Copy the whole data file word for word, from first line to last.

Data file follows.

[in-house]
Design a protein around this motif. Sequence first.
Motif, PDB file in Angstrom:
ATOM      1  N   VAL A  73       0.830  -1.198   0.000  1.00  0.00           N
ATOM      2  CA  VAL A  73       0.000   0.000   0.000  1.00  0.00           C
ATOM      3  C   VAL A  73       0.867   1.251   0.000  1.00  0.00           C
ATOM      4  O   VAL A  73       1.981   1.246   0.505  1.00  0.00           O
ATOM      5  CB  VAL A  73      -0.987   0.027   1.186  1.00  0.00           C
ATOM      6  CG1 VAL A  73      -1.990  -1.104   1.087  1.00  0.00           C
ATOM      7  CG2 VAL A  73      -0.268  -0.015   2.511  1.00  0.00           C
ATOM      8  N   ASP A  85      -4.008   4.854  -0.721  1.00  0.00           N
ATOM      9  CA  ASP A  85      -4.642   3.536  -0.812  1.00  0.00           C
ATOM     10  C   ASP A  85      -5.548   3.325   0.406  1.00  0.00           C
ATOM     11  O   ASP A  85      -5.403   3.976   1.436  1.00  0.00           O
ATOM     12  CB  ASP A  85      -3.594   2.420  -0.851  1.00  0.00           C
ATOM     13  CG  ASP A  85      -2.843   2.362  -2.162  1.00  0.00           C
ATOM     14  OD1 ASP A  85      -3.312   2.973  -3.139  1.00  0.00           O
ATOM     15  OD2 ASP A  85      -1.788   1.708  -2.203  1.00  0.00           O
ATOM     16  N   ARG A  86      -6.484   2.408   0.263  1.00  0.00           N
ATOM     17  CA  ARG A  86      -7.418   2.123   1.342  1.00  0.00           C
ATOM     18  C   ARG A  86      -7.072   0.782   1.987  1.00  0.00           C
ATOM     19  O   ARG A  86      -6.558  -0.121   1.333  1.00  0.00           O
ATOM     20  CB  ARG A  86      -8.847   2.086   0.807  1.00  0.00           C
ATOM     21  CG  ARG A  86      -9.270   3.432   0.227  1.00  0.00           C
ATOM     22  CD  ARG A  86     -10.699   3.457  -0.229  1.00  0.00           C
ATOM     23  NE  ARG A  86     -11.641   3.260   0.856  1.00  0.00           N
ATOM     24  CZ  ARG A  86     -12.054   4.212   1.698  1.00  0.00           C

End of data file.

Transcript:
[in-house]
Design a protein around this motif. Sequence first.
Motif, PDB file in Angstrom:
ATOM      1  N   VAL A  73       0.830  -1.198   0.000  1.00  0.00           N
ATOM      2  CA  VAL A  73       0.000   0.000   0.000  1.00  0.00           C
ATOM      3  C   VAL A  73       0.867   1.251   0.000  1.00  0.00           C
ATOM      4  O   VAL A  73       1.981   1.246   0.505  1.00  0.00           O
ATOM      5  CB  VAL A  73      -0.987   0.027   1.186  1.00  0.00           C
ATOM      6  CG1 VAL A  73      -1.990  -1.104   1.087  1.00  0.00           C
ATOM      7  CG2 VAL A  73      -0.268  -0.015   2.511  1.00  0.00           C
ATOM      8  N   ASP A  85      -4.008   4.854  -0.721  1.00  0.00           N
ATOM      9  CA  ASP A  85      -4.642   3.536  -0.812  1.00  0.00           C
ATOM     10  C   ASP A  85      -5.548   3.325   0.406  1.00  0.00           C
ATOM     11  O   ASP A  85      -5.403   3.976   1.436  1.00  0.00           O
ATOM     12  CB  ASP A  85      -3.594   2.420  -0.851  1.00  0.00           C
ATOM     13  CG  ASP A  85      -2.843   2.362  -2.162  1.00  0.00           C
ATOM     14  OD1 ASP A  85      -3.312   2.973  -3.139  1.00  0.00           O
ATOM     15  OD2 ASP A  85      -1.788   1.708  -2.203  1.00  0.00           O
ATOM     16  N   ARG A  86      -6.484   2.408   0.263  1.00  0.00           N
ATOM     17  CA  ARG A  86      -7.418   2.123   1.342  1.00  0.00           C
ATOM     18  C   ARG A  86      -7.072   0.782   1.987  1.00  0.00           C
ATOM     19  O   ARG A  86      -6.558  -0.121   1.333  1.00  0.00           O
ATOM     20  CB  ARG A  86      -8.847   2.086   0.807  1.00  0.00           C
ATOM     21  CG  ARG A  86      -9.270   3.432   0.227  1.00  0.00           C
ATOM     22  CD  ARG A  86     -10.699   3.457  -0.229  1.00  0.00           C
ATOM     23  NE  ARG A  86     -11.641   3.260   0.856  1.00  0.00           N
ATOM     24  CZ  ARG A  86     -12.054   4.212   1.698  1.00  0.00           C